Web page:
Some muttering on “the will of the American people”

There are many war opponents out and about on the internet who, rather than argue what they believe, turn to polling in order to buttress their opposition to the war. They call on Congress to compel the President to carry out “the will of the American people”. The idea being that since Americans no longer want to be involved in Iraq we are justified in abandoning the battlefield. Never mind that we live in a representative democracy and not a direct democracy like ancient Athens, polls are polls and politicians should abide by them. Well, it will be interesting to see if they change their tune now that another proposal has recently proven to be even less popular than the war. Only a whooping 26% support the proposed immigration bill in the Senate. Whether they agree with the Senate bill or not, in order to be intellectually consistent the calls on Congress to carry out “the will of the American people” to spike this bill should arise from those same quarters that use this justification to pull out of Iraq. Will they? I for one doubt it because I suspect those who decry the “will of the American people” when it supports their side are just as likely to cram legislation down the American people’s throats when legislation they support is in disagreement with said ‘will’. If my suspicions prove to be true then using “the will of the American people” in your argument is nothing more than an appeal to me-too-ism to push a certain point of view rather than an actual conviction, and as such is not a valid tool to support arguments with.

What's worse than shutting down a TV network?

Bird Dog's picture

Threatening another TV network that dares to confront a socialist dictator, which is exactly what Hugo Chavez has done.

Venezuelan President Hugo Chavez on Tuesday called opposition news channel Globovision an enemy of the state and said he would do what was needed to stop it from inciting violence, only days after he shut another opposition broadcaster.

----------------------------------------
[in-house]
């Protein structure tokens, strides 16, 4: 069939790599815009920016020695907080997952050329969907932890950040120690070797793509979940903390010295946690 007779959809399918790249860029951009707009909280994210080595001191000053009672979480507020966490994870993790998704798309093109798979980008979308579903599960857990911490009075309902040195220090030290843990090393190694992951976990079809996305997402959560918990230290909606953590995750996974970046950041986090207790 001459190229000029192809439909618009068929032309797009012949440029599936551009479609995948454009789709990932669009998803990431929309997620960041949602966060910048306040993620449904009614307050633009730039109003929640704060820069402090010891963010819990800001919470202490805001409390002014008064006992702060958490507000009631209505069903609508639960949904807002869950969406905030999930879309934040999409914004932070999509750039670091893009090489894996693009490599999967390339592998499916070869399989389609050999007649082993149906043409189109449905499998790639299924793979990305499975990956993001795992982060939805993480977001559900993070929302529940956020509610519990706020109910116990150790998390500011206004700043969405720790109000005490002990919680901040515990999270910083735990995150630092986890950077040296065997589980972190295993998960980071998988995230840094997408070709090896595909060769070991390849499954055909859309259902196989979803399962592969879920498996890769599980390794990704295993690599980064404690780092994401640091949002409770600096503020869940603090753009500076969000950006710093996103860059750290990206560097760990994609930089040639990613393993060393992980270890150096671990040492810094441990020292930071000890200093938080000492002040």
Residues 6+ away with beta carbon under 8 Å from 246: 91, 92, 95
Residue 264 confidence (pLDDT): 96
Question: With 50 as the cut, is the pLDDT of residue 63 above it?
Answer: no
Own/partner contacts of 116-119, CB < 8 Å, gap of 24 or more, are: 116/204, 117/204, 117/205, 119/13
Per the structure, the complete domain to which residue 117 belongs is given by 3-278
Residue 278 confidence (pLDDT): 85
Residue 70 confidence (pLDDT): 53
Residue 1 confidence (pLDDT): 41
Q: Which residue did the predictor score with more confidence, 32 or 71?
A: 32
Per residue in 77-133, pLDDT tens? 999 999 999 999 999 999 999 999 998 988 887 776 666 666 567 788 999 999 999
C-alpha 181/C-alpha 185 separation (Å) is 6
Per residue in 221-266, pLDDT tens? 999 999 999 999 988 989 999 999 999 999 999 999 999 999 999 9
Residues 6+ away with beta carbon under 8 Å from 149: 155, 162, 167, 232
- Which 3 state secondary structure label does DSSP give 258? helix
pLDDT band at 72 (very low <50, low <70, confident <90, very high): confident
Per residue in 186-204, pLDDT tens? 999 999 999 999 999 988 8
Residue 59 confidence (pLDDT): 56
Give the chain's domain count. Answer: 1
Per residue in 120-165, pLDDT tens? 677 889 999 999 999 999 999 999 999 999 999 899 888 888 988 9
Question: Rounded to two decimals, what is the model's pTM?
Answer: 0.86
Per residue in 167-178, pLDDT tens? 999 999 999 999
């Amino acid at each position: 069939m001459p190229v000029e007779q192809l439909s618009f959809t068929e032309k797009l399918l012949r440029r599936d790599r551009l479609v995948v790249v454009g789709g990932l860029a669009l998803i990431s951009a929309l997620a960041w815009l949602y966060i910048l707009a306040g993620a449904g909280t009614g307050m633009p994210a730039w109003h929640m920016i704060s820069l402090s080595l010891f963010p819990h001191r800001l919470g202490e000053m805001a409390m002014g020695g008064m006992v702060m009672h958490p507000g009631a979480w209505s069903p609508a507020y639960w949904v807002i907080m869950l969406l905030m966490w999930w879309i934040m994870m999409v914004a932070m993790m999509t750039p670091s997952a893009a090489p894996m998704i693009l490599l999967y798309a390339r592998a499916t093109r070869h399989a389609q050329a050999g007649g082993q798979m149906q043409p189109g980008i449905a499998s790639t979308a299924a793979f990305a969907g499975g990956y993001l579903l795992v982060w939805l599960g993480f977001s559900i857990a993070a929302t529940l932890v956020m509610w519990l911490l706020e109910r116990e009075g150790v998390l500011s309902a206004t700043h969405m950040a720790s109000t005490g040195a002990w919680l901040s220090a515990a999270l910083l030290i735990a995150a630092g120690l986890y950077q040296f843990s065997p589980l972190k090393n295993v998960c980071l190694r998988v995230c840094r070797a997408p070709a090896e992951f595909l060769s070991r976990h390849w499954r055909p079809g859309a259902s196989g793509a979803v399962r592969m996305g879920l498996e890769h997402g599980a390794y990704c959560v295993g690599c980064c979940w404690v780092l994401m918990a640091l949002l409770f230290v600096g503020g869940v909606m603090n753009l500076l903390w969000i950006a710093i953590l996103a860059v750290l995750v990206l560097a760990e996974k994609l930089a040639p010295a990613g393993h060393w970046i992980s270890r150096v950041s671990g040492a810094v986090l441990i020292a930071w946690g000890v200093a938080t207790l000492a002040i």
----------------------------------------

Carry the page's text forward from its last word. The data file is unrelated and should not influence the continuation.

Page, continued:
Tens of thousands of Venezuelans marched in Caracas in a fourth consecutive day of protests over Chavez's closure of the RCTV network - a move which has sparked international criticism that the leftist leader's reforms are undermining democracy.

Can anyone explain this?

USDA against "mad cow" testing:

WASHINGTON: The Bush administration said Tuesday it will fight to keep meatpackers from testing all their animals for mad cow disease.

The Agriculture Department tests fewer than 1 percent of slaughtered cows for the disease, which can be fatal to humans who eat tainted beef. A beef producer in the western state of Kansas, Creekstone Farms Premium Beef, wants to test all of its cows.

Larger meat companies feared that move because, if Creekstone should test its meat and advertised it as safe, they might have to perform the expensive tests on their larger herds as well.

Here at the forvm do we support Creekstone, or the USDA? Which position is more "free market" and capitalistic?

Edit to add: Per wikipedia the definition of statism is:

Statism (or Etatism) is a term that is used to describe:

1. Specific instances of state intervention in personal, social or economic matters.
2. A form of government or economic system that involves significant state intervention in personal, social or economic matters.



Men Shaving and The Question of Apostasy....

...I felt like saying something of importance, of maybe some actual significance to the people here. So, let me get this out of the way first...I'm always buying the latest, greatest thing in shaving. Now it seems to be the Gillette Fusion Razor...I mean this sucker has Five (5) blades, count them, Five (!)...this is oodles of blades on something you hold in your hand.

God, I hate shaving as do most men, so we buy new stuff. Of course, being men, we just may buy new stuff because it is new. But here is the question, is New Better? Always? Sometimes? Often? And in this case, is the Gillette Fusion better than the old 3 bladed Turbo? I mean the Turbo does have three blades, (3!), and this is nothing to sneeze at either. It was, at least as touted at the time, a huge leap over old two, twin blade system.

Oceans, Conservatism, and Ending the Tragedy of the Commons.